City Guide to Edinburgh, Scotland

City Guide to Edinburgh, Scotland

The Effect, Summerhall, Review

By Irene Brown - Posted on 13 March 2015

The Effect
Show Details
Firebrand Theatre Company
Richard Baron (director), Lucy Prebble (writer), Matt Eagland (lighting design), Jonathan Beales (soundscape), Ken Harrison (set design), Rita Henderson choreographer)
Pauline Knowles (Lorna), Jonathan Coote (Toby), Scarlett Mack (Connie), Cameron Crighton (Tristan)
Running time: 

Is love the drug or is the drug love?

Rauschen Pharmaceuticals has set up a clinical trial for a new anti -depressant drug. Two young volunteers,Connie a psychology student from Pitlochry (Scarlett Mack) and the aimless Tristan from Clacton (Cameron Crighton) are vetted for their suitability to participate in this isolated environment. Over the experiment, they find they are attracted to each other and although aware of possible side effects of the drug, as well as the fact that one of them may be taking a placebo, they are thrown into confusion about their actual feelings. Their confusion creates professional doubt and conflict between the supervising doctor Lorna (Pauline Knowles) and her boss and former lover Toby (Jonathan Coote).

On Ken Harrison’s starkly cold grey blue set that is all smooth grimness, two cushioned moveable storage boxes sit and on the wall sit two small screens that digitally narrate information from drug dosage being administered to interval time. A soundscape of metallic and liquid sounds with voices heard as though through cotton wool sets the atmosphere. Jonathan Beales goes on to create a range of excellent accompanying music to this intense piece of theatre.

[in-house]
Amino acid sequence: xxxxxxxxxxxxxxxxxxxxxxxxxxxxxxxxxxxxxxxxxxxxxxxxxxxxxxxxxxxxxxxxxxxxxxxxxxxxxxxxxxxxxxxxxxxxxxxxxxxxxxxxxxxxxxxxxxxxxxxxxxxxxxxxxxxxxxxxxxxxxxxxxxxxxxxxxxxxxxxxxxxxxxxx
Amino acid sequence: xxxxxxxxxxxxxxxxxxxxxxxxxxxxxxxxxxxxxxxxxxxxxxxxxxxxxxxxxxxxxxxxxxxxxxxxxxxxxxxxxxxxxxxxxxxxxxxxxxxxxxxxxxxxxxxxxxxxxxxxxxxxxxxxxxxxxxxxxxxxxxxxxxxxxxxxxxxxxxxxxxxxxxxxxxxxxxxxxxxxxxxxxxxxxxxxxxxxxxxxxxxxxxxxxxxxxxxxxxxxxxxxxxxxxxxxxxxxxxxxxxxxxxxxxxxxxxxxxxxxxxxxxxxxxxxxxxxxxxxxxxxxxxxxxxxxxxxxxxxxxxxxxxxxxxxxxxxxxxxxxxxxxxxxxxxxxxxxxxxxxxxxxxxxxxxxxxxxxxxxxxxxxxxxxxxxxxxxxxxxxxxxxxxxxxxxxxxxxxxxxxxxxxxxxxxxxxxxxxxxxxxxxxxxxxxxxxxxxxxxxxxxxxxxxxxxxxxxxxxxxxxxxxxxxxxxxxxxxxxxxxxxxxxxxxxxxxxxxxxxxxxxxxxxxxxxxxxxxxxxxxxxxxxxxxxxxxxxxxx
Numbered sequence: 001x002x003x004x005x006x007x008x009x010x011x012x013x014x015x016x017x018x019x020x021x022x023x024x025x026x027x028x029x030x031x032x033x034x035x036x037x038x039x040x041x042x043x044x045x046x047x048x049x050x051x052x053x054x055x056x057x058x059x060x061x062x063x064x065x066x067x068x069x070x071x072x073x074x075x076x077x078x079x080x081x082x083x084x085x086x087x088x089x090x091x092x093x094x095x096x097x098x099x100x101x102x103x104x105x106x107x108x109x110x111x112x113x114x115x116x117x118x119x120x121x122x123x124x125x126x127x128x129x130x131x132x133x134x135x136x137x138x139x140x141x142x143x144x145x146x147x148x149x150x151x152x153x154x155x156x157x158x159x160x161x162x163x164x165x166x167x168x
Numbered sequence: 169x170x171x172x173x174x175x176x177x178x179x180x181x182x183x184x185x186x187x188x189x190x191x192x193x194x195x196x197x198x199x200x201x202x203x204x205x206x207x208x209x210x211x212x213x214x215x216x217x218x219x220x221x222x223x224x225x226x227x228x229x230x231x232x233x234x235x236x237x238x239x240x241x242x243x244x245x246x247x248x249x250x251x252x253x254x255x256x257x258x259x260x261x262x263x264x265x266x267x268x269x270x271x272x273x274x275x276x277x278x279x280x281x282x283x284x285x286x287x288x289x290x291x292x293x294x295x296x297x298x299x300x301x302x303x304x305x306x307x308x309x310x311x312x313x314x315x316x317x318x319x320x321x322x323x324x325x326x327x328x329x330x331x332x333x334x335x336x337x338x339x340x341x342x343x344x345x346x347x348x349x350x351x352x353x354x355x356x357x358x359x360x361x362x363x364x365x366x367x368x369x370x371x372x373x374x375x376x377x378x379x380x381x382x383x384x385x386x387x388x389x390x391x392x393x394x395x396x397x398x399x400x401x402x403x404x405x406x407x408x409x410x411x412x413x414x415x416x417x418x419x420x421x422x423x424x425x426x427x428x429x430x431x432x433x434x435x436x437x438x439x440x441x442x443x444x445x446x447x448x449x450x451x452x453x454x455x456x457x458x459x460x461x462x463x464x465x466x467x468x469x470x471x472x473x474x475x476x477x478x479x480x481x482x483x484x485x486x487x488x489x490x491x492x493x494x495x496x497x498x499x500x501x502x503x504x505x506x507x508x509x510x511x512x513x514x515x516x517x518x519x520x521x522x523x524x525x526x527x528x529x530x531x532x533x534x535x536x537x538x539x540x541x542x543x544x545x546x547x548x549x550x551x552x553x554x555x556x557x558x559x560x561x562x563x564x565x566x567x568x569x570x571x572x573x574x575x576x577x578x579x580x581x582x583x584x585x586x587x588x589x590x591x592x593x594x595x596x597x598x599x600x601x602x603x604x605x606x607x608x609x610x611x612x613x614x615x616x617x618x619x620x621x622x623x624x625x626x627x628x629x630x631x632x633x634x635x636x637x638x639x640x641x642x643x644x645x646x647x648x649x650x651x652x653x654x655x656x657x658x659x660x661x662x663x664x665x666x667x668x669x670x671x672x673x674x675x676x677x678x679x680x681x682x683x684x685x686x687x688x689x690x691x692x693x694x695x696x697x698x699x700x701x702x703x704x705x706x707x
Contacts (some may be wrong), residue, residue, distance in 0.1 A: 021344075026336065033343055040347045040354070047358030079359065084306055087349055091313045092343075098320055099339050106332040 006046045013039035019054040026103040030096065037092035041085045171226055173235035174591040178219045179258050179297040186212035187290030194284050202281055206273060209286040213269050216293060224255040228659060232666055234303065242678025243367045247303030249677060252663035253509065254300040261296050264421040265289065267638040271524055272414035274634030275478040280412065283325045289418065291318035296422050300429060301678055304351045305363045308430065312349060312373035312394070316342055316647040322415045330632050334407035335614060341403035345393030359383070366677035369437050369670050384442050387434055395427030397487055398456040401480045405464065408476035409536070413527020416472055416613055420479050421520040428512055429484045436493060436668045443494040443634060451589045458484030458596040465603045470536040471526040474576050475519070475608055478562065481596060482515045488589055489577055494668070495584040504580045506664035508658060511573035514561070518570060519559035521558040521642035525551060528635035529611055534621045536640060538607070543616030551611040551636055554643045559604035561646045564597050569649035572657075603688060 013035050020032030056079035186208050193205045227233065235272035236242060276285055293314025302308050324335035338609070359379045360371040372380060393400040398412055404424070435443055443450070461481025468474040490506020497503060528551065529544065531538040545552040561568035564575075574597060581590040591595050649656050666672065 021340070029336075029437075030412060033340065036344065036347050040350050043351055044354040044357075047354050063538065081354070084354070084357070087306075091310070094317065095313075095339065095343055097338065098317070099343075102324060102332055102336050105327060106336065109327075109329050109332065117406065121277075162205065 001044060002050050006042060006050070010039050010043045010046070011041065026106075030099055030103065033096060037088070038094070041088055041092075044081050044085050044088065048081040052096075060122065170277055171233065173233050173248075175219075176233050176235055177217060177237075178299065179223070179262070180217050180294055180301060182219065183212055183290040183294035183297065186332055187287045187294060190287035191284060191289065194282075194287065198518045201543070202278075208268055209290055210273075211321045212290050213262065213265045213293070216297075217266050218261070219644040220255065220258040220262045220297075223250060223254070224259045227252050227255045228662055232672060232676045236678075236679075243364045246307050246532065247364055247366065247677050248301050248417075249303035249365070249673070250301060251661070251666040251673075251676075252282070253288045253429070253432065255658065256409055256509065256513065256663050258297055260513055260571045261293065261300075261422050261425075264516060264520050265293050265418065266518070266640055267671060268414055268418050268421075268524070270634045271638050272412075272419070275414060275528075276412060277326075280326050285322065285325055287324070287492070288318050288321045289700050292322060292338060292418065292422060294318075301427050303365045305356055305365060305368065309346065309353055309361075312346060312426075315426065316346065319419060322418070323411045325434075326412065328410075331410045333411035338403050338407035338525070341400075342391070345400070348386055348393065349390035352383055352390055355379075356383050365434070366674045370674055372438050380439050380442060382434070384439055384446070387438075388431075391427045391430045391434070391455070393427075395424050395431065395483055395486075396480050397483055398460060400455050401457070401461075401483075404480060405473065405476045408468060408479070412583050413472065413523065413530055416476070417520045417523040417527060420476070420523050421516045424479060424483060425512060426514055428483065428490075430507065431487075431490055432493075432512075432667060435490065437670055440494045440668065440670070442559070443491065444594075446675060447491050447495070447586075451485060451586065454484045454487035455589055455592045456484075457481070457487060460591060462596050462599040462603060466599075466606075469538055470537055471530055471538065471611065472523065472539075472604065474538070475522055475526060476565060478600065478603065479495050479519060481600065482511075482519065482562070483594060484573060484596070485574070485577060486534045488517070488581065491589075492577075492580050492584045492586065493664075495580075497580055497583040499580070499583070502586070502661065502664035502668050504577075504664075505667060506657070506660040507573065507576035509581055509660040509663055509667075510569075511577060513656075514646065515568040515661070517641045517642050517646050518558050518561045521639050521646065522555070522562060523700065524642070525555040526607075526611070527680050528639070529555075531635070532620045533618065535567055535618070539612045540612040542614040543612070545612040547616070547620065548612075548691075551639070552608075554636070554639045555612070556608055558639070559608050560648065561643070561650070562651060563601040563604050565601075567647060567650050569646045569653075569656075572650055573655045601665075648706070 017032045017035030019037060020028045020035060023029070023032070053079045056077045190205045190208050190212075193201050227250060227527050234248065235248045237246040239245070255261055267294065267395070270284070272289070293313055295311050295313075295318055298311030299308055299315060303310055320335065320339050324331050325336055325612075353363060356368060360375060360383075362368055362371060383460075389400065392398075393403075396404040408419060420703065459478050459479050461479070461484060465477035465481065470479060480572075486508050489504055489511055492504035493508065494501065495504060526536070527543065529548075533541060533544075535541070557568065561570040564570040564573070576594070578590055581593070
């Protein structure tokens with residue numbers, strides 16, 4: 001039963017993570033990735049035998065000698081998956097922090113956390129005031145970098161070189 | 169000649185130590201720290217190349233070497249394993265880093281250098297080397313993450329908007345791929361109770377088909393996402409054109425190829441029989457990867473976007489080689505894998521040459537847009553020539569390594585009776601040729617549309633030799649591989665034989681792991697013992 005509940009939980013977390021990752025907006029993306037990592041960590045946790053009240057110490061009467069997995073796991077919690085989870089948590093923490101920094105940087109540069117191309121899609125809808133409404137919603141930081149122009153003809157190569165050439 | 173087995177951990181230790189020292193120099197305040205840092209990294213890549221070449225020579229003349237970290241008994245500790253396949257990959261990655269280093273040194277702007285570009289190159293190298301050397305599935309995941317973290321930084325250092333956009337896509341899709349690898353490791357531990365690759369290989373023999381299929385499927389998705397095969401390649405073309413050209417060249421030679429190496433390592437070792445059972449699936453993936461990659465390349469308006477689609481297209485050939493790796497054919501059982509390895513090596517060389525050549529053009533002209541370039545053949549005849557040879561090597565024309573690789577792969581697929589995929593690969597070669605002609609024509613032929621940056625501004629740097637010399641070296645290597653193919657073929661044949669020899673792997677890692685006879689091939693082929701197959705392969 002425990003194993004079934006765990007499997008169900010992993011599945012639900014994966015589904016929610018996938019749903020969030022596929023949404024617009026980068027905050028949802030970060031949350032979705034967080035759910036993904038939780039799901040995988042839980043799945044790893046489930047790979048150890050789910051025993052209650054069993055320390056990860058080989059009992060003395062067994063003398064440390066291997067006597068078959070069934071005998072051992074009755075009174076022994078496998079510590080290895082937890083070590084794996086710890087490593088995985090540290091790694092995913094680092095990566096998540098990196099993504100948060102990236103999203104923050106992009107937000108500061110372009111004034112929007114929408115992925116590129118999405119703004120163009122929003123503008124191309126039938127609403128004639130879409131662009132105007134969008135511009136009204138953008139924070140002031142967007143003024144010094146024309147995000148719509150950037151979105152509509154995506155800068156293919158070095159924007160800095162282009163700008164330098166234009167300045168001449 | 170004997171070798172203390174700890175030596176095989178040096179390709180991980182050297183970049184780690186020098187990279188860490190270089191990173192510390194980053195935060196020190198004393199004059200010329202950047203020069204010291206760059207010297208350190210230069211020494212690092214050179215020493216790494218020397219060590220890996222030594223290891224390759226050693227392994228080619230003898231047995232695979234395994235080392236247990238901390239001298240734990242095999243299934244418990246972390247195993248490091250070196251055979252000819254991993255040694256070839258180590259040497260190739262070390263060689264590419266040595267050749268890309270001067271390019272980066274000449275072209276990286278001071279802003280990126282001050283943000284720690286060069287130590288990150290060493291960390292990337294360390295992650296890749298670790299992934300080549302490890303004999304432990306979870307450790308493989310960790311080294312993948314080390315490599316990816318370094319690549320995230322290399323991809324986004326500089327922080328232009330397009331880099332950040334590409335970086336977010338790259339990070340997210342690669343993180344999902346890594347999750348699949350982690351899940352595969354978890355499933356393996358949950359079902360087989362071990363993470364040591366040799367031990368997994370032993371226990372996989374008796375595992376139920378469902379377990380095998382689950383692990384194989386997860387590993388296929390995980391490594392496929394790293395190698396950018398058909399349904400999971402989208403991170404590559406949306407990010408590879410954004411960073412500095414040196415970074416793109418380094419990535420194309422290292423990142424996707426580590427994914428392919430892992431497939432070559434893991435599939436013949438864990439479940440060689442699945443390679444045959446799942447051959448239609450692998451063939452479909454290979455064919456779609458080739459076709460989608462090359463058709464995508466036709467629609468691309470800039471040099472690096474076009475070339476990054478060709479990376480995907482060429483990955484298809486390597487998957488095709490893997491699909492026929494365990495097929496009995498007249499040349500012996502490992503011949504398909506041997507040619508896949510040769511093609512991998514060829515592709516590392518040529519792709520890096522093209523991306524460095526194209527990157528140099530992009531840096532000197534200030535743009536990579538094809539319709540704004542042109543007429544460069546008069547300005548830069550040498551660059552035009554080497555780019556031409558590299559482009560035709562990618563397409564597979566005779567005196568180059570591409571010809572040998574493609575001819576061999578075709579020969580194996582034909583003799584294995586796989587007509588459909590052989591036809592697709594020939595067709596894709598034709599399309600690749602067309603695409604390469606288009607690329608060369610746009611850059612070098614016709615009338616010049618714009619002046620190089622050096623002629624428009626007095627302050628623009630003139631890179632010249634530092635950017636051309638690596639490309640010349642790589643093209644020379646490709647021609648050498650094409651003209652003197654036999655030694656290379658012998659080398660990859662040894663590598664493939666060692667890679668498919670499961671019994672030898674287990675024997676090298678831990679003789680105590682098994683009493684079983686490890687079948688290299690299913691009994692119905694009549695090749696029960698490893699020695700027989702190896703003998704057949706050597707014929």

The four actors have been perfectly cast and are really well clad throughout (sorry no credit for that) apart from the nude scenes of course! Under Richard Baron’s fine direction each inhabits their role with ease, assurance and conviction: Cameron Crighton as the cocky and immensely irritating Tristan whose frantic tension is palpable and whose vanity shows as much as the tops of his pants that he is careful to show even when changing in to his bland monitored institutional clothing; Scarlett Mack as the alert, anxious and honest Connie; Pauline Knowles as the hard headed but ultimately vulnerable clinician and Jonathan Coote as the self- possessed plummy senior.

Lucy Prebble’s script is at times dense and with some tortuous dialogue but the subject matter is so pertinent in covering human concerns of finding happiness that it is forgiven. The play doesn’t shy from the vital role of sex and the destructive nature of underlying violence. The young couple’s relationship is compressed through a series of short bursts of action that allow a pretty long play to seem less so. The questions of whether it’s better to be controlled by a drug or by a person are posed astutely throughout. Issues of memory, self- doubt, and insecurity, when the natural human feeling of sadness tips to mild or deep depression and what the real commitment of love is along with the age old difficulty over male and female perspectives are all addressed.

In The Effect, Firebrand has succeeded in producing absorbing, thought provoking theatre that is laden with the morass human complexities and the pertinent question here of whether a kiss is in fact just a kiss.

Age recommend 16 +
Run ended